Busch outruns Allmendinger for Sprint Cup victory at Martinsville

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By Hank Kurz Jr. AP

MARTINSVILLE, Virginia — Kyle Busch pulled away on a restart with 11 laps to go and outran AJ Allmendinger to the finish for his first NASCAR Sprint Cup Series victory at Martinsville Speedway, and a sweep of the two-race weekend.

Busch, who won for the first time in 31 starts at Martinsville in a truck race on the 0.526-mile (0.846-kilometer) oval on Saturday, dominated in the premier division in bright sunshine but cool temperatures that never let the track get quite as sticky as it normally does.

The option to pick the inside or outside line as the leader on the final restart was great for Busch, but not for teammate Matt Kenseth.

“That was the key to the race, being able to restart on the bottom like that,” Busch said after choosing the inside line, putting Kenseth outside.

“We all talked as a group earlier this morning about how we were going to do that and what we were going to do and we all said, with 10 to go, it’s pretty much off limits. It was (11) to go, so it was pretty much right on the brink there, so, ‘Sorry Matt.’”

When the green flag flew, Busch sailed off, Allmendinger beat Kenseth to the inside position and Kenseth got shuffled back to 15th.

Allmendinger finished second, followed by Kyle Larson, Austin Dillon and Brad Keselowski.

“I was kind of hoping we’d stay green the last 120 laps,” Allmendinger said. “I figured that wasn’t going to happen, but I was praying we had a shot at that because I felt like if that happened, we had a great chance to win the race.”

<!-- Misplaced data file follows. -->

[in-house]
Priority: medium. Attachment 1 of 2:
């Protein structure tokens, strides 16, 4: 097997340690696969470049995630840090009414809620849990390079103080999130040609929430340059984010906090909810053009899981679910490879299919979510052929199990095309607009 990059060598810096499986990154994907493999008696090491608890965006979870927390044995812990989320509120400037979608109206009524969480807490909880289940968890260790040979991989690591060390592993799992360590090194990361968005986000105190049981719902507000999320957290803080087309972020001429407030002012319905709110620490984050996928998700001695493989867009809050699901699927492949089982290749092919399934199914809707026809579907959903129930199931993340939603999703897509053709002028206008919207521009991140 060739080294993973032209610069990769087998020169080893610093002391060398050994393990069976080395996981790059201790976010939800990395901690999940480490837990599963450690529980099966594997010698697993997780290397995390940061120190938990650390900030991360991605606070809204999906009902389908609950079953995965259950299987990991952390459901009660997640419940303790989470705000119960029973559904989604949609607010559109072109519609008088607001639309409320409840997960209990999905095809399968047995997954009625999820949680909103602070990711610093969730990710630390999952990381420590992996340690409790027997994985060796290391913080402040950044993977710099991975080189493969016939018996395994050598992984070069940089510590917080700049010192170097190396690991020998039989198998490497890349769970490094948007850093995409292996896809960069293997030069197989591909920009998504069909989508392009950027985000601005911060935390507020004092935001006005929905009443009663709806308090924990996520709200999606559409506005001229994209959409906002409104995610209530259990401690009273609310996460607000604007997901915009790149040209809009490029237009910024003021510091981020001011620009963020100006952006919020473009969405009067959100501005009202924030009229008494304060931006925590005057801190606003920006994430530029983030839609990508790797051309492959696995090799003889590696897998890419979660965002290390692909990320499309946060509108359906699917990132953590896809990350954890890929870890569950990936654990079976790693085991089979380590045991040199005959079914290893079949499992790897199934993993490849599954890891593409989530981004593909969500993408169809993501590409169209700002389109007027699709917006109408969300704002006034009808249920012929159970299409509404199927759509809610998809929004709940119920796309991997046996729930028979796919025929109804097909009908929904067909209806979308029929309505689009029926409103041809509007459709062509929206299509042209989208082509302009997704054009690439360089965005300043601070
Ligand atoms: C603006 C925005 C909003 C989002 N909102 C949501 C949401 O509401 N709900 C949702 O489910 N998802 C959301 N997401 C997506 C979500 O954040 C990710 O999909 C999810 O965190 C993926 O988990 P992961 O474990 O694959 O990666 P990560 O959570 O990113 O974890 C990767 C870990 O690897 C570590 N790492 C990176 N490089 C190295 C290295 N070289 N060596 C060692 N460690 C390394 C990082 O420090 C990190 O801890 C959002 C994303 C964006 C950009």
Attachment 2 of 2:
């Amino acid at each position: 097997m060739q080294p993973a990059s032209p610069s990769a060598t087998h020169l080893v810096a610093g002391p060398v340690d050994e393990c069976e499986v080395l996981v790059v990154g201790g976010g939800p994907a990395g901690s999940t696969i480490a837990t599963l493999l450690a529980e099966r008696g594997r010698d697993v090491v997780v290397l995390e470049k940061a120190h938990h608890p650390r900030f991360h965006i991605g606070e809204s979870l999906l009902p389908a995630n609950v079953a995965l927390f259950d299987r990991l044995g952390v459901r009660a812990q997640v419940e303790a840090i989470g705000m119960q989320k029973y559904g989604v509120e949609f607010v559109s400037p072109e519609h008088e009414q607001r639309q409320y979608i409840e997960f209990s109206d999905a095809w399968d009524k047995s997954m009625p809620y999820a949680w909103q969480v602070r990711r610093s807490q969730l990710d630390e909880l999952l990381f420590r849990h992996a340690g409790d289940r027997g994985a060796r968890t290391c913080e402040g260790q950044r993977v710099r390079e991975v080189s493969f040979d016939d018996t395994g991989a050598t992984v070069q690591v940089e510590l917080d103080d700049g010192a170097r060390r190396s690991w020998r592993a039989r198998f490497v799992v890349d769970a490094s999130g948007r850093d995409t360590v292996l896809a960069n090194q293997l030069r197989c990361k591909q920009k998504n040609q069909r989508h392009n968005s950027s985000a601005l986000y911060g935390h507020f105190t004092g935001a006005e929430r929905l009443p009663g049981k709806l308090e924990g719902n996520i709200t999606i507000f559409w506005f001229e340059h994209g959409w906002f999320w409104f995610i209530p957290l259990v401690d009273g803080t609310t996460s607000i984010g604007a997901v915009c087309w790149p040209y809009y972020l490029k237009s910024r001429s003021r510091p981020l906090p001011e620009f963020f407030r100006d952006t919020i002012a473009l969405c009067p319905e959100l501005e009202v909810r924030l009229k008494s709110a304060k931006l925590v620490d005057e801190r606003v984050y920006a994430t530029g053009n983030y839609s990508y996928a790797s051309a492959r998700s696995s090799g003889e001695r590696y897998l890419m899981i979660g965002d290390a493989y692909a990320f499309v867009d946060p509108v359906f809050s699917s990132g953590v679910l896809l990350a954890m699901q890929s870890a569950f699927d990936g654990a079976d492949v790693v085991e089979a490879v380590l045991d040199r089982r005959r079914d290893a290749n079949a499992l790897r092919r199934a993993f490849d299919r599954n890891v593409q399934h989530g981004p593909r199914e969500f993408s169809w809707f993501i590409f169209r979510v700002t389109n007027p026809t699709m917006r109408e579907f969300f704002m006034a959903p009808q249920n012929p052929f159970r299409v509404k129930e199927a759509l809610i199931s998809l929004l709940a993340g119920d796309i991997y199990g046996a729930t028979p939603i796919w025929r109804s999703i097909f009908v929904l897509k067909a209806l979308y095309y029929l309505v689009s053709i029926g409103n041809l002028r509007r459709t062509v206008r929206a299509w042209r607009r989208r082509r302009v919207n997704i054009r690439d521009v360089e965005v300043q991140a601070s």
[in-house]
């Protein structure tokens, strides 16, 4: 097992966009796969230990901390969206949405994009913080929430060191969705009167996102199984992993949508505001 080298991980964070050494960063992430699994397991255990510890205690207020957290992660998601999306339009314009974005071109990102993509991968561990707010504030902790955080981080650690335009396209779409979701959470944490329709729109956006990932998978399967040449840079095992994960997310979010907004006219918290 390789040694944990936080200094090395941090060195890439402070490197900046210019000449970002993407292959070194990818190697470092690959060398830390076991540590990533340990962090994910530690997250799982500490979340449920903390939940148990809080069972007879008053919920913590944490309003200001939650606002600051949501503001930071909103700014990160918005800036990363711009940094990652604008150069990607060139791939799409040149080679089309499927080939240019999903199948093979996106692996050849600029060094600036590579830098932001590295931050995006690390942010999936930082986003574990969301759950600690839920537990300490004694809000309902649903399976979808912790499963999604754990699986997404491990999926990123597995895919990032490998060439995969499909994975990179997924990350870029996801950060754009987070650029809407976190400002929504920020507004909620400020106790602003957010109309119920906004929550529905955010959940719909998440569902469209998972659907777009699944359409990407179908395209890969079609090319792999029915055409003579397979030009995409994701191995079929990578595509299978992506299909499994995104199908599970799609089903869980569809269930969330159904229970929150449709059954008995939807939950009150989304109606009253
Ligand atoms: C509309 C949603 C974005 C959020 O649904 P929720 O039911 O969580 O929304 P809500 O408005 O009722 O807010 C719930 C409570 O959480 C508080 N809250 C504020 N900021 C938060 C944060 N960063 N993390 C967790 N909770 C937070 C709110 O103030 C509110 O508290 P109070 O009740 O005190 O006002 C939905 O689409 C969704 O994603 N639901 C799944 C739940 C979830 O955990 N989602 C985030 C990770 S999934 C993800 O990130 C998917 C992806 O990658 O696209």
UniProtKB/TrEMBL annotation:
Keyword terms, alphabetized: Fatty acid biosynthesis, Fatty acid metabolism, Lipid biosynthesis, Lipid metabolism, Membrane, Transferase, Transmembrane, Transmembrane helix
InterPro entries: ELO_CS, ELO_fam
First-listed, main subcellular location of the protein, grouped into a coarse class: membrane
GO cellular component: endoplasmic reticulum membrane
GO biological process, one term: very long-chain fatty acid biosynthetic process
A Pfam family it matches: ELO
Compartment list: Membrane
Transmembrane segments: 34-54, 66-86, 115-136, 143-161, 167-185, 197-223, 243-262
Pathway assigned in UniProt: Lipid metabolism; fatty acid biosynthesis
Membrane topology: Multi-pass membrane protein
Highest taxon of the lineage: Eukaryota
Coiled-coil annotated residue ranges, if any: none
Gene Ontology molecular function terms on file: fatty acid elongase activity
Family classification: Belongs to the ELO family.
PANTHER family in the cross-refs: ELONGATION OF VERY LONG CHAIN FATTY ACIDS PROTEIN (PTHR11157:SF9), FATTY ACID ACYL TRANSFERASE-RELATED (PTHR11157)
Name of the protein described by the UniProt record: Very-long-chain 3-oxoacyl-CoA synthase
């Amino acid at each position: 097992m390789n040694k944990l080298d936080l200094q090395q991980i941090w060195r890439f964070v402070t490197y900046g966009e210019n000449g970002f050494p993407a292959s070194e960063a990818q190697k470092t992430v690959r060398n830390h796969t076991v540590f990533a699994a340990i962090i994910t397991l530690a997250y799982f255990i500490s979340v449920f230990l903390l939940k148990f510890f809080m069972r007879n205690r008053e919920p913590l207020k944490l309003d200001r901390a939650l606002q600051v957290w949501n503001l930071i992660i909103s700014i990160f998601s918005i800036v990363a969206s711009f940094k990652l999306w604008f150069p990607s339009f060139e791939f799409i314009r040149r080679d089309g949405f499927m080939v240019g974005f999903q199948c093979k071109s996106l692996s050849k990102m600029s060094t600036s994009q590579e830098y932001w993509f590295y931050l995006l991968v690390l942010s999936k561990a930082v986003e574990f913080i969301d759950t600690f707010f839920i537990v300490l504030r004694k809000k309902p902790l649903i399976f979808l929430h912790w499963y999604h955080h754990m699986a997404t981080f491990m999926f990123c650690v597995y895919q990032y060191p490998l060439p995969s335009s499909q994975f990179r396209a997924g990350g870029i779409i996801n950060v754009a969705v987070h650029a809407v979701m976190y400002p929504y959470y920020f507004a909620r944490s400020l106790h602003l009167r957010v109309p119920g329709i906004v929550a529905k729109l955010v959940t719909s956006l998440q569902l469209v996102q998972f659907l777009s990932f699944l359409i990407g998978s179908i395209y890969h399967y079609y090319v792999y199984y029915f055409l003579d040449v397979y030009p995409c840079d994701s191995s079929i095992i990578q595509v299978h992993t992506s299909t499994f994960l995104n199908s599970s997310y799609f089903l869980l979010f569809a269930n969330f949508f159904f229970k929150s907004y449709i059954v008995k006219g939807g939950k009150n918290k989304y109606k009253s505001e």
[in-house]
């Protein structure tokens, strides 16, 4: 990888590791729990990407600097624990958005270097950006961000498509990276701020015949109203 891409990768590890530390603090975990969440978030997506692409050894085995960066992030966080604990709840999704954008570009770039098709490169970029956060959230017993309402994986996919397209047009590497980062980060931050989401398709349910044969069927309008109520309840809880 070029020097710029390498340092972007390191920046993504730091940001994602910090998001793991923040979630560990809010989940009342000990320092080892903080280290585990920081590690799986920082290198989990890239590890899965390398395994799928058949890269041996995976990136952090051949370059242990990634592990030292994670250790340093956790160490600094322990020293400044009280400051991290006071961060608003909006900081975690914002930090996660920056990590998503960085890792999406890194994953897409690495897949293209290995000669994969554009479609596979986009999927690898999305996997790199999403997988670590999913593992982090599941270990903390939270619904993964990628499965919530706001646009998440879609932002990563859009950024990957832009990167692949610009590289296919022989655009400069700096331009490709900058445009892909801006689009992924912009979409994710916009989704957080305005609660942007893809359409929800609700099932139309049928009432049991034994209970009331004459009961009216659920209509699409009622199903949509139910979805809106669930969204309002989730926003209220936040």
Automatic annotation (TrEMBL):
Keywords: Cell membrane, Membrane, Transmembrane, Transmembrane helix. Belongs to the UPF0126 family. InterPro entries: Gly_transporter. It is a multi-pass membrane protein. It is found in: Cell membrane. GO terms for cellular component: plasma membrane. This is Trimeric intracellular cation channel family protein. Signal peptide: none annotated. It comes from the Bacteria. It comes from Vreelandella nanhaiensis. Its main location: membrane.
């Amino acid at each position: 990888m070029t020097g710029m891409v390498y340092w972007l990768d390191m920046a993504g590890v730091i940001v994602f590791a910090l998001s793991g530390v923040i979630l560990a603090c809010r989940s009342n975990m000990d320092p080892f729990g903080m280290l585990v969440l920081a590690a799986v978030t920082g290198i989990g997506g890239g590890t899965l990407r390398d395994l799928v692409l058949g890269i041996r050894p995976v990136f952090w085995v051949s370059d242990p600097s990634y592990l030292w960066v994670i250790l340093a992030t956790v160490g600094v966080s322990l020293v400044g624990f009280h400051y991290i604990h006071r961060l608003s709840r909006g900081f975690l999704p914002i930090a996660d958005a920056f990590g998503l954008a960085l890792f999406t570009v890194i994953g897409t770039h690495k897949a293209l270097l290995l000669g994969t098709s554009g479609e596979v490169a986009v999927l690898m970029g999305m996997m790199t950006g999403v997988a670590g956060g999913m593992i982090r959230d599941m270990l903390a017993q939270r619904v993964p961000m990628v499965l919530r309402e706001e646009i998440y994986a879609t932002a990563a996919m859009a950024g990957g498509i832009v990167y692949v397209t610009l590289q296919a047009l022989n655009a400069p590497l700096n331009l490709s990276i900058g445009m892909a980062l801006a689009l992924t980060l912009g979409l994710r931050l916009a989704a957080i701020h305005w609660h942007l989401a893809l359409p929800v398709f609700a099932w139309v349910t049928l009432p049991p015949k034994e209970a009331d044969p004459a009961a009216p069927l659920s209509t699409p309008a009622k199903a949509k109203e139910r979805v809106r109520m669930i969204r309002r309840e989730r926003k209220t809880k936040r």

Several other drivers who pitted before the final restart started in the sixth row, or further back, of side-by-side racing, and while Larson and Keselowski recovered for top-five finishes, others got caught up in traffic and that allowed Dillon to take fourth out of nowhere.

It was the second straight major disappointment at Martinsville for Kenseth.

Last spring, he crashed race leader Joey Logano with 46 laps to go, earning himself a two-race suspension. This time, he seemed poised to challenge Busch for the lead with 35 laps to go until a blown tire by Jamie McMurray caused a caution, bunching up the field.

“I was a little worried there toward the end before that last caution came out that Matt was catching me,” Busch said. “He was on me pretty good and I wasn’t sure that I had enough brake in order to handle the rest of the day, but fortunately we got a yellow there.”

Busch led the most laps at Martinsville since Bobby Hamilton was out front for 378 on April 20, 1998.

The race also was a lost day for Denny Hamlin, one of the favorites going in and the defending champion.

Hamlin was running fifth after 221 laps after overcoming a pit road penalty until his car lost control heading into Turn 1 and slammed into the wall, sending him to the garage. He never returned, and finished 42nd.